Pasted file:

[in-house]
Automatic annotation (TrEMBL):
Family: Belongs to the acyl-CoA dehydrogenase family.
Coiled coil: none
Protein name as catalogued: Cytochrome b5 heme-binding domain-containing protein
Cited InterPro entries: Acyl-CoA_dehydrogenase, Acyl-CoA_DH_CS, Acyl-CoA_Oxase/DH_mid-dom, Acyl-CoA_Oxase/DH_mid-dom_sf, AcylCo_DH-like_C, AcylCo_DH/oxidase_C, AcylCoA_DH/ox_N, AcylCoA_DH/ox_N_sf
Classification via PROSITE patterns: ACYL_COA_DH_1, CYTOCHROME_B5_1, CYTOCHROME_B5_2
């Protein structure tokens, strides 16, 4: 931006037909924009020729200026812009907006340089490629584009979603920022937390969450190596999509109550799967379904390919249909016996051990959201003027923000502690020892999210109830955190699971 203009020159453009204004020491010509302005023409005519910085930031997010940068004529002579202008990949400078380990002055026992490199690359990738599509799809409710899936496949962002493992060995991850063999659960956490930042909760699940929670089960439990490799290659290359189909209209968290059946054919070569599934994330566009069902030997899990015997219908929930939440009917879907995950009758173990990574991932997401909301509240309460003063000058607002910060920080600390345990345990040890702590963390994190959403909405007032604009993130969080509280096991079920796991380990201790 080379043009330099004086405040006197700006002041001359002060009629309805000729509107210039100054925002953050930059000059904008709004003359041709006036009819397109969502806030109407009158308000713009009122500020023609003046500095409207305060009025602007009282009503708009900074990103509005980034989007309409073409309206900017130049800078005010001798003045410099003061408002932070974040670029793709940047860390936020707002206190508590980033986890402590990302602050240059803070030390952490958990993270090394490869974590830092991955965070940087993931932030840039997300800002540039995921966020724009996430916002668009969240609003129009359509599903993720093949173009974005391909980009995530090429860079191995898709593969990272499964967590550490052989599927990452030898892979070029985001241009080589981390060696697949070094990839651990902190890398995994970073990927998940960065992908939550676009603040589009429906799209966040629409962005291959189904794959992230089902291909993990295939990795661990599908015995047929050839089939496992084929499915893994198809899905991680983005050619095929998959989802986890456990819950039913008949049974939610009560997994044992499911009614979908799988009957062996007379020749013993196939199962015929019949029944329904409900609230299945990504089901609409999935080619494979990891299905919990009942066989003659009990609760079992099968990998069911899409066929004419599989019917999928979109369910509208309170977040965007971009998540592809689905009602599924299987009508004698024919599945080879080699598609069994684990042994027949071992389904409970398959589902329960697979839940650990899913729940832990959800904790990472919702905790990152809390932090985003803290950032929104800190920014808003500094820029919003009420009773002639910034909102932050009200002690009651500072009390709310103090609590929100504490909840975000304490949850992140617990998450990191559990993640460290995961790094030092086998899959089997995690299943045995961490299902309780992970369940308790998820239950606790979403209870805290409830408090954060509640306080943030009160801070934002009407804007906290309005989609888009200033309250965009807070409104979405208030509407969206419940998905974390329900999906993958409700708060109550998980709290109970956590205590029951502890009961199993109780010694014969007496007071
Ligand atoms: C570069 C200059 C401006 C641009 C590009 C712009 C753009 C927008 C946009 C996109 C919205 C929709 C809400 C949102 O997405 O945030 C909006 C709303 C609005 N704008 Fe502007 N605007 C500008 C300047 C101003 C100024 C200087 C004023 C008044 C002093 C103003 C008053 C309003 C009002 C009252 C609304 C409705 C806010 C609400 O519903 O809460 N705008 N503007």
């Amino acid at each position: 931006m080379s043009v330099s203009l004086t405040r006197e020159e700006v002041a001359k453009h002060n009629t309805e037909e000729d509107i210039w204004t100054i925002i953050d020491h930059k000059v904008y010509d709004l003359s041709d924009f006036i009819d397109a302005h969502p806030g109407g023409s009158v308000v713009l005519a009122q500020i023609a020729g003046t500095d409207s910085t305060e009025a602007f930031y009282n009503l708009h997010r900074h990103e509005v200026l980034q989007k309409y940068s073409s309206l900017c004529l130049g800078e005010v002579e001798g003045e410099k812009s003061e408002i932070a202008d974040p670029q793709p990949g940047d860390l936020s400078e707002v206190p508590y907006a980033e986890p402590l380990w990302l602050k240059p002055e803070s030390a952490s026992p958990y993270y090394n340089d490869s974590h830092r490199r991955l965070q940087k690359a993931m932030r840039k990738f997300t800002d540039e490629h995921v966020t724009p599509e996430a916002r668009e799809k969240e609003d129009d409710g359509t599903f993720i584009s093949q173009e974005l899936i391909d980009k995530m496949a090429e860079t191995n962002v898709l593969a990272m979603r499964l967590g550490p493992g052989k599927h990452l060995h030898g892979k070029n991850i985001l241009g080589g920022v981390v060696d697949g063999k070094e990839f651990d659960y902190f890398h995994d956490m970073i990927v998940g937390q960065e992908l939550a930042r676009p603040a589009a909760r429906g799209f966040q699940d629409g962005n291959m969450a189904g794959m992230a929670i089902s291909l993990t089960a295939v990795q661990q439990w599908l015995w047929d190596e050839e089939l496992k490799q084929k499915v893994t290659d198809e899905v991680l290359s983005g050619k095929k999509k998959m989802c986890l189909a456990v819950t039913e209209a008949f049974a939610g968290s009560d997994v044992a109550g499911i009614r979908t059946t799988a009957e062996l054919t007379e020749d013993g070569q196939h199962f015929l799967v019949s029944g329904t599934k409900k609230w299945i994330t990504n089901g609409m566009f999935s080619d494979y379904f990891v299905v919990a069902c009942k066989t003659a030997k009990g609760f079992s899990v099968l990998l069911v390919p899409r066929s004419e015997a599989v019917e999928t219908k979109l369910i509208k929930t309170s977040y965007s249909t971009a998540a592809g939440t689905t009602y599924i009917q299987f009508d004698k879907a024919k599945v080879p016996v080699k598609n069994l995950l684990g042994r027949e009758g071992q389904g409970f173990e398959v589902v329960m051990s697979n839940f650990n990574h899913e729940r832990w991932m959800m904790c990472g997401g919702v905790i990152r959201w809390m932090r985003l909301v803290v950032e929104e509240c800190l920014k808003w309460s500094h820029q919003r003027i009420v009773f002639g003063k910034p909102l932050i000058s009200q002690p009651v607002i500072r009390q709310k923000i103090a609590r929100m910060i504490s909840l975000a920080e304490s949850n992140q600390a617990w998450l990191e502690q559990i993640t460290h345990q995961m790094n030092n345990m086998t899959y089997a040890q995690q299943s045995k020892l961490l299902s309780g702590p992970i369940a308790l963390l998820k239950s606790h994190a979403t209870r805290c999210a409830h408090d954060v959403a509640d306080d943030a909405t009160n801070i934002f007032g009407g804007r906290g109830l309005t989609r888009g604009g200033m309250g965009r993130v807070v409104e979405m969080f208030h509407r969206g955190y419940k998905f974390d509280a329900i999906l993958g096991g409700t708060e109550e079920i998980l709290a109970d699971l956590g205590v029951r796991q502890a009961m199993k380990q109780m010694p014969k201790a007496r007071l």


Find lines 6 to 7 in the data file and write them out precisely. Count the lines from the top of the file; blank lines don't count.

Cited InterPro entries: Acyl-CoA_dehydrogenase, Acyl-CoA_DH_CS, Acyl-CoA_Oxase/DH_mid-dom, Acyl-CoA_Oxase/DH_mid-dom_sf, AcylCo_DH-like_C, AcylCo_DH/oxidase_C, AcylCoA_DH/ox_N, AcylCoA_DH/ox_N_sf
Classification via PROSITE patterns: ACYL_COA_DH_1, CYTOCHROME_B5_1, CYTOCHROME_B5_2